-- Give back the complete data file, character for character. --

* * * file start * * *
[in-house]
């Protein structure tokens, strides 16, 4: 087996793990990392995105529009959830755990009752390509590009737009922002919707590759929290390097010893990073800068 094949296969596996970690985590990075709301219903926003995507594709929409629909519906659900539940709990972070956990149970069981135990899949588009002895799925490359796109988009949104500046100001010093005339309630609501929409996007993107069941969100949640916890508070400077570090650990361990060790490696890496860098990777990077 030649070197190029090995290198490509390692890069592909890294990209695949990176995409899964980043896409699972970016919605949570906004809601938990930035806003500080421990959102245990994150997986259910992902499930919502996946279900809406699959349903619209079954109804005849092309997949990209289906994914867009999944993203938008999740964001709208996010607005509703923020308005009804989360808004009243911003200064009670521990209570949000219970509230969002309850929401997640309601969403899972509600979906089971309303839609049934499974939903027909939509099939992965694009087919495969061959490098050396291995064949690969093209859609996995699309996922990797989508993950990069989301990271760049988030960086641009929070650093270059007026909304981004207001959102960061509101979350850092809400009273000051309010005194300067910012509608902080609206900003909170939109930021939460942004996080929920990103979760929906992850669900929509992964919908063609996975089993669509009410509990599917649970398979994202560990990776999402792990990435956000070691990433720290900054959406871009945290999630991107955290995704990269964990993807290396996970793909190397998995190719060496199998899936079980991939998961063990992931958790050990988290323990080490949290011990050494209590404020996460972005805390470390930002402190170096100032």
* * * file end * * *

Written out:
[in-house]
């Protein structure tokens, strides 16, 4: 087996793990990392995105529009959830755990009752390509590009737009922002919707590759929290390097010893990073800068 094949296969596996970690985590990075709301219903926003995507594709929409629909519906659900539940709990972070956990149970069981135990899949588009002895799925490359796109988009949104500046100001010093005339309630609501929409996007993107069941969100949640916890508070400077570090650990361990060790490696890496860098990777990077 030649070197190029090995290198490509390692890069592909890294990209695949990176995409899964980043896409699972970016919605949570906004809601938990930035806003500080421990959102245990994150997986259910992902499930919502996946279900809406699959349903619209079954109804005849092309997949990209289906994914867009999944993203938008999740964001709208996010607005509703923020308005009804989360808004009243911003200064009670521990209570949000219970509230969002309850929401997640309601969403899972509600979906089971309303839609049934499974939903027909939509099939992965694009087919495969061959490098050396291995064949690969093209859609996995699309996922990797989508993950990069989301990271760049988030960086641009929070650093270059007026909304981004207001959102960061509101979350850092809400009273000051309010005194300067910012509608902080609206900003909170939109930021939460942004996080929920990103979760929906992850669900929509992964919908063609996975089993669509009410509990599917649970398979994202560990990776999402792990990435956000070691990433720290900054959406871009945290999630991107955290995704990269964990993807290396996970793909190397998995190719060496199998899936079980991939998961063990992931958790050990988290323990080490949290011990050494209590404020996460972005805390470390930002402190170096100032």